Sacred Time

Monday, February 11, 2013

Sacred Time
by Ursula Hegi

The story opens in an Italian neighborhood in the Bronx in the 1950s. Our narrator is a young boy named Anthony who is frustrated when his cousins and aunt move into his cramped apartment over the holidays. The story morphs into something new as our narrator changes to Anthony’s mother and then to his aunt Leonora, then his cousin. The book covers three time periods as well; first the ‘50s, then the ‘70s, and finally the early 2000s.

We watch as the family grows and changes over the course of those decades. We see how a single event can resonate throughout the lives involved. Each of the stories ties the whole picture together, giving a wide and wonderful look at what makes a family a family. How we are able to both hurt and help each other so much more when we are connected by blood.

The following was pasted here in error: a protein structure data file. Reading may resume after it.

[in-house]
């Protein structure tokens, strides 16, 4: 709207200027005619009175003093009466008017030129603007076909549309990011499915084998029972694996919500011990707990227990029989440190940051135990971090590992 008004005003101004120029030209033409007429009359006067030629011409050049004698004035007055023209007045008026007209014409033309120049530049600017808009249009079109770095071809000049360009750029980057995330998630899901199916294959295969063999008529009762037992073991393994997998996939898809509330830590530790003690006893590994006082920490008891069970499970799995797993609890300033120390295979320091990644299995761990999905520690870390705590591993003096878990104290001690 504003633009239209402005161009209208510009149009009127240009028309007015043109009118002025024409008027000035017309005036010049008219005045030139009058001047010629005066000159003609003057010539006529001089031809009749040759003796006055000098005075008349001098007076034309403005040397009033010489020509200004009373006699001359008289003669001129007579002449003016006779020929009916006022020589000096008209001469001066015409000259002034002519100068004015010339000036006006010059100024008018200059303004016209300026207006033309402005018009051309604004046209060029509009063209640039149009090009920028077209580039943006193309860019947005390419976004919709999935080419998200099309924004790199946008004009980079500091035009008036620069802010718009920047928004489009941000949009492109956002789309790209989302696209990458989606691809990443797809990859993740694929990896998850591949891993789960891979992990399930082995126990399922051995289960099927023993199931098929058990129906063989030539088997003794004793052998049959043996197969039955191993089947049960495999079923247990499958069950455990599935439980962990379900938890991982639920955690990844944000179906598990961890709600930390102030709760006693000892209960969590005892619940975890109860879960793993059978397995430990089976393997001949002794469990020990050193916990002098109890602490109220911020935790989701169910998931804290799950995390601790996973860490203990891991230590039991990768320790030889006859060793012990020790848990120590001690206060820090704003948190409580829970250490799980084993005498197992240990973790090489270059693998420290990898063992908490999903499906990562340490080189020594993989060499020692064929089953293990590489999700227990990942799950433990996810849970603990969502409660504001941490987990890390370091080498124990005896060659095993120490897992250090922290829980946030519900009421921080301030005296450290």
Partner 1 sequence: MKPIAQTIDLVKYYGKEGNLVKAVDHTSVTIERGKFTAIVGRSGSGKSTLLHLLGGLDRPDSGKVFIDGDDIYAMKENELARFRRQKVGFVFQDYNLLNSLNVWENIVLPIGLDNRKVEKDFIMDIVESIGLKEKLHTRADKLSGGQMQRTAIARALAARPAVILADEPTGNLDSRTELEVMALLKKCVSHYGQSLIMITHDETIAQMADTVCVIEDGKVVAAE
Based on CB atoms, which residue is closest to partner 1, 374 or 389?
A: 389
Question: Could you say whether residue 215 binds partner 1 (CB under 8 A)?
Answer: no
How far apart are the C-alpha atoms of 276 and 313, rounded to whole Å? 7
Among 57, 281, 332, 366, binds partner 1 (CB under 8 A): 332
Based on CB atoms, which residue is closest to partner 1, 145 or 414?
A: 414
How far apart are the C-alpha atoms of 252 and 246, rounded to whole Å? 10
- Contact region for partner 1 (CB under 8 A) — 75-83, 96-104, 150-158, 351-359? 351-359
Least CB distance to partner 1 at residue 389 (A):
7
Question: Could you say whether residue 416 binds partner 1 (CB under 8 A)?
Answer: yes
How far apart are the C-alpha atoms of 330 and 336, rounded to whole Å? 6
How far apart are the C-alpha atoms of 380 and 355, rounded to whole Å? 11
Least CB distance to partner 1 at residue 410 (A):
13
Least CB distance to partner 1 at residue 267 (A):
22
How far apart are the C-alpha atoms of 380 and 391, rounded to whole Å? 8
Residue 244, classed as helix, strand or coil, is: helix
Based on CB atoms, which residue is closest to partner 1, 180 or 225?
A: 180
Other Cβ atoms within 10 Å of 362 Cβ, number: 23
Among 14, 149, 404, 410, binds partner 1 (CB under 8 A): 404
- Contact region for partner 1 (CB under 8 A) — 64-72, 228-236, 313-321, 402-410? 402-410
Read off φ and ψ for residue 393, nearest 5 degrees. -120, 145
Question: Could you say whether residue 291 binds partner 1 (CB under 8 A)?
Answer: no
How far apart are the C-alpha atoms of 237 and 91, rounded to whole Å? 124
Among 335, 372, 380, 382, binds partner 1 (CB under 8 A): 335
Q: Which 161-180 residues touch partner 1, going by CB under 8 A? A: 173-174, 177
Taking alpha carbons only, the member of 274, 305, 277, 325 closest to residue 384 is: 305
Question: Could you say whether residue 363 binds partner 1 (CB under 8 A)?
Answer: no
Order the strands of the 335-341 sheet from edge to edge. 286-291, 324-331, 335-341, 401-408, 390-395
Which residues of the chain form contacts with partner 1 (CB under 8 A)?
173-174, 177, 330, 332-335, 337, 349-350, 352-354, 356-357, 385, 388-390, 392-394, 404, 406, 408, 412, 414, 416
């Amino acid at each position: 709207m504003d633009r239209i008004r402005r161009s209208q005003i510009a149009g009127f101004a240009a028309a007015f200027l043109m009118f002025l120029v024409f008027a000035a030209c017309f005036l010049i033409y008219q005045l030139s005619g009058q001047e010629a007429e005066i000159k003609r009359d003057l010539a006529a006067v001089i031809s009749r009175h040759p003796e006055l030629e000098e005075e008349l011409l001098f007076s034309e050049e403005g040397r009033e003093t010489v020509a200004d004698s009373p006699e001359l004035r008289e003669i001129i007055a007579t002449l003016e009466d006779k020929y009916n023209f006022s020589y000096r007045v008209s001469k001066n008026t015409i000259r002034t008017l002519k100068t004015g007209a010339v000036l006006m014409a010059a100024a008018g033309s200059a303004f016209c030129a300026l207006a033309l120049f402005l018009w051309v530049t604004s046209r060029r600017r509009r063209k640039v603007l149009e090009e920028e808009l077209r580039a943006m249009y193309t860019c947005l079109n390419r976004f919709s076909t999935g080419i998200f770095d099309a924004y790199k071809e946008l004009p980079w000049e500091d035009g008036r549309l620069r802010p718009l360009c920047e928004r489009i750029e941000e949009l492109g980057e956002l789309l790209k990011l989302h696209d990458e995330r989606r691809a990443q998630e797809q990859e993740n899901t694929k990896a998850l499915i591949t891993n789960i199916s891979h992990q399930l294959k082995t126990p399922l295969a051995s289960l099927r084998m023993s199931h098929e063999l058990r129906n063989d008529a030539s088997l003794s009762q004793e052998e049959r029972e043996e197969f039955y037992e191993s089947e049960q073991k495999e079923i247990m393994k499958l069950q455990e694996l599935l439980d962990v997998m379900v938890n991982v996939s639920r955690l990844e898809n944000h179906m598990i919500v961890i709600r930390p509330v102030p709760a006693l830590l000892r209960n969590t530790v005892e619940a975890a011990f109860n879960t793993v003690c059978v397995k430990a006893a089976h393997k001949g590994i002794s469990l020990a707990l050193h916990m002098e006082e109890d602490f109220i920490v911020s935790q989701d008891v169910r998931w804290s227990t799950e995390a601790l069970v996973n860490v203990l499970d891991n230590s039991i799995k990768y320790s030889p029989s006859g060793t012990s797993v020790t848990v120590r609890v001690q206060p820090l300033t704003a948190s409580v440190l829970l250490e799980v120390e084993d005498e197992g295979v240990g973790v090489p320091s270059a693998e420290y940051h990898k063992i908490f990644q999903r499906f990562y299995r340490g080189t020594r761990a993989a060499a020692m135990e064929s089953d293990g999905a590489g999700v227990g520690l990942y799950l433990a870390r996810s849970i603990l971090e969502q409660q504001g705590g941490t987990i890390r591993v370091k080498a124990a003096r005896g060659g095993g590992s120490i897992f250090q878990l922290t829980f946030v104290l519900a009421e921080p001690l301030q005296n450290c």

I really enjoyed every second of this book. It’s not that the story itself is particularly startling; it’s that the characters are so beautifully drawn. They feel like they could be people from our own families. They struggle with the same hurts and unhappiness and guilt that plague us all from time to time.

BOTTOM LINE: What begins as a simple coming-of-age story quickly becomes a powerful look at family dynamics.  I’m so glad I stumbled upon this one and I will be searching out more work from this author.

p.s. I listened to the audio version and it was excellent!

 “Some days being sure only meant you had to double check, because if you didn’t, everything else would come undone.”


Sandy Nawrot said...

I'm all over this one. I'm off to the library website (for the third time this morning - gah!) to see if they have it.

Anonymous said...

I'm still reading the copy you gave me! I got sidetracked with The Fault in Our Stars & then childbirth. ;) Can't wait to finish it.


Melissa (Avid Reader) said...

Sandy - I hope you can find it on audio!

Care - Those are both really good reasons to get side tracked!